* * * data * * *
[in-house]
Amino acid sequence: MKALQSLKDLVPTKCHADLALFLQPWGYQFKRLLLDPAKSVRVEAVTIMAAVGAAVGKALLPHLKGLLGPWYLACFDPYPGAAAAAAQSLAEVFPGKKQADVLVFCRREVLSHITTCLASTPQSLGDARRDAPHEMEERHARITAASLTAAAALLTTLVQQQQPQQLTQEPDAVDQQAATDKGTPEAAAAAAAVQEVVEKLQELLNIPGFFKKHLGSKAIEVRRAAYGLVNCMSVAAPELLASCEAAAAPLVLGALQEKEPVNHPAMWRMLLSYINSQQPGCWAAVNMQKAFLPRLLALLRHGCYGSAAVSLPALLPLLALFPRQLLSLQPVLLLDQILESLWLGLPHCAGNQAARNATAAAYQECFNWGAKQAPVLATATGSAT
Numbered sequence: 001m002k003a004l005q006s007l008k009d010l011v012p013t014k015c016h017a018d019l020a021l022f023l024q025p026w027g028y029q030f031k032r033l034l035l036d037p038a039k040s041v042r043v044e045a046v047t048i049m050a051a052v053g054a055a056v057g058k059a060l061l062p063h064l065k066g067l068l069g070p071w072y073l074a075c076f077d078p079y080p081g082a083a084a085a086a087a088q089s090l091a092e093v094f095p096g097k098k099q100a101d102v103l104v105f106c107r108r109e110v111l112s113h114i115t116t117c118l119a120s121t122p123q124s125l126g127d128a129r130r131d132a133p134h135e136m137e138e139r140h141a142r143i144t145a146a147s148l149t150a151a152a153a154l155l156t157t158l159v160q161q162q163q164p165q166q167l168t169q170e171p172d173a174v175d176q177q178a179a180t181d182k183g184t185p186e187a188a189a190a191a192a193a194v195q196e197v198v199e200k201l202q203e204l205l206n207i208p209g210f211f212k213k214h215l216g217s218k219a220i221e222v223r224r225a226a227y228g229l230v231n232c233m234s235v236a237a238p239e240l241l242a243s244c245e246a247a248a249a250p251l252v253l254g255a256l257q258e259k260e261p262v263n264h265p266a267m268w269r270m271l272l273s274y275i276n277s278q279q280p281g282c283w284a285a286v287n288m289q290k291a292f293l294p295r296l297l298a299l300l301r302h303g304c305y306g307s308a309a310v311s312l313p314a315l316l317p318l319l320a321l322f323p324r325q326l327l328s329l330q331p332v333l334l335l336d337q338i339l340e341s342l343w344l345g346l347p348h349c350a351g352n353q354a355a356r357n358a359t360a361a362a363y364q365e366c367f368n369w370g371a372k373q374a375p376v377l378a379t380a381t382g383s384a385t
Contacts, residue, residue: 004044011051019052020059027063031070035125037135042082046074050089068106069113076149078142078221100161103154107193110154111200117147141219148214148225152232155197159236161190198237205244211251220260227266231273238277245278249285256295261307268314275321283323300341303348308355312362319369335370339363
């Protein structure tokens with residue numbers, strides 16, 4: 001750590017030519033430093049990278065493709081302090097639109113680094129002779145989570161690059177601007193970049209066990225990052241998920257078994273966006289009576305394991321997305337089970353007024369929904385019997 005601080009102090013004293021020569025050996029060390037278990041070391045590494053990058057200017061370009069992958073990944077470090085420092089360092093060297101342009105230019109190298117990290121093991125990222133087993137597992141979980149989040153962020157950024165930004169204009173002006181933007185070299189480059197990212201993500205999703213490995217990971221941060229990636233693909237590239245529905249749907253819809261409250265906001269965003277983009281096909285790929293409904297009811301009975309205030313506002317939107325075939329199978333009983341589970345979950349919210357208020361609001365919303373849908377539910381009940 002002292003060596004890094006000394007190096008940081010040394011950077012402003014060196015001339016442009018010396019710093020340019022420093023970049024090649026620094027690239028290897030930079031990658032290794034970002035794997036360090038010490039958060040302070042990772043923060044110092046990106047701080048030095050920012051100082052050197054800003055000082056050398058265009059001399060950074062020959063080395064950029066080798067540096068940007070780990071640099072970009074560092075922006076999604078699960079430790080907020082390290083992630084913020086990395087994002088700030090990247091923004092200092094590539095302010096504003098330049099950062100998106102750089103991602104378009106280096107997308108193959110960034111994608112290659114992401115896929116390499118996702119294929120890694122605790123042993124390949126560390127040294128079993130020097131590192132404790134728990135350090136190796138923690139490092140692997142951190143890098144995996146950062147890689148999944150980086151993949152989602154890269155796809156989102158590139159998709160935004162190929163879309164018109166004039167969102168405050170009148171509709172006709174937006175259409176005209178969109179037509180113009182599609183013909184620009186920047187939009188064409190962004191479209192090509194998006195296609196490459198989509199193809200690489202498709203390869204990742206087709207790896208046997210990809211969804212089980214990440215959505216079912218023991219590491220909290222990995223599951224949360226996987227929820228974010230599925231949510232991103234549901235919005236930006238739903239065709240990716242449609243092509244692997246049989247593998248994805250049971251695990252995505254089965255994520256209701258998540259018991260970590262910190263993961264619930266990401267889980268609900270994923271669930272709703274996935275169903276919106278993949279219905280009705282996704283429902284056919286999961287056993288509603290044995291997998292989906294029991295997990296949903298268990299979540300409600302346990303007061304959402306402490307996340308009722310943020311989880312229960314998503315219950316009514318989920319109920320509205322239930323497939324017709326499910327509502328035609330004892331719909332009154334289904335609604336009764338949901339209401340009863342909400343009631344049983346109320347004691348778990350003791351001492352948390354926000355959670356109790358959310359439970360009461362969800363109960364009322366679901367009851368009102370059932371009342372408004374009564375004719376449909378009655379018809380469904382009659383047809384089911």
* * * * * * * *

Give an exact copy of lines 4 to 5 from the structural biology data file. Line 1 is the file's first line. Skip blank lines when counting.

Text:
Contacts, residue, residue: 004044011051019052020059027063031070035125037135042082046074050089068106069113076149078142078221100161103154107193110154111200117147141219148214148225152232155197159236161190198237205244211251220260227266231273238277245278249285256295261307268314275321283323300341303348308355312362319369335370339363
């Protein structure tokens with residue numbers, strides 16, 4: 001750590017030519033430093049990278065493709081302090097639109113680094129002779145989570161690059177601007193970049209066990225990052241998920257078994273966006289009576305394991321997305337089970353007024369929904385019997 005601080009102090013004293021020569025050996029060390037278990041070391045590494053990058057200017061370009069992958073990944077470090085420092089360092093060297101342009105230019109190298117990290121093991125990222133087993137597992141979980149989040153962020157950024165930004169204009173002006181933007185070299189480059197990212201993500205999703213490995217990971221941060229990636233693909237590239245529905249749907253819809261409250265906001269965003277983009281096909285790929293409904297009811301009975309205030313506002317939107325075939329199978333009983341589970345979950349919210357208020361609001365919303373849908377539910381009940 002002292003060596004890094006000394007190096008940081010040394011950077012402003014060196015001339016442009018010396019710093020340019022420093023970049024090649026620094027690239028290897030930079031990658032290794034970002035794997036360090038010490039958060040302070042990772043923060044110092046990106047701080048030095050920012051100082052050197054800003055000082056050398058265009059001399060950074062020959063080395064950029066080798067540096068940007070780990071640099072970009074560092075922006076999604078699960079430790080907020082390290083992630084913020086990395087994002088700030090990247091923004092200092094590539095302010096504003098330049099950062100998106102750089103991602104378009106280096107997308108193959110960034111994608112290659114992401115896929116390499118996702119294929120890694122605790123042993124390949126560390127040294128079993130020097131590192132404790134728990135350090136190796138923690139490092140692997142951190143890098144995996146950062147890689148999944150980086151993949152989602154890269155796809156989102158590139159998709160935004162190929163879309164018109166004039167969102168405050170009148171509709172006709174937006175259409176005209178969109179037509180113009182599609183013909184620009186920047187939009188064409190962004191479209192090509194998006195296609196490459198989509199193809200690489202498709203390869204990742206087709207790896208046997210990809211969804212089980214990440215959505216079912218023991219590491220909290222990995223599951224949360226996987227929820228974010230599925231949510232991103234549901235919005236930006238739903239065709240990716242449609243092509244692997246049989247593998248994805250049971251695990252995505254089965255994520256209701258998540259018991260970590262910190263993961264619930266990401267889980268609900270994923271669930272709703274996935275169903276919106278993949279219905280009705282996704283429902284056919286999961287056993288509603290044995291997998292989906294029991295997990296949903298268990299979540300409600302346990303007061304959402306402490307996340308009722310943020311989880312229960314998503315219950316009514318989920319109920320509205322239930323497939324017709326499910327509502328035609330004892331719909332009154334289904335609604336009764338949901339209401340009863342909400343009631344049983346109320347004691348778990350003791351001492352948390354926000355959670356109790358959310359439970360009461362969800363109960364009322366679901367009851368009102370059932371009342372408004374009564375004719376449909378009655379018809380469904382009659383047809384089911």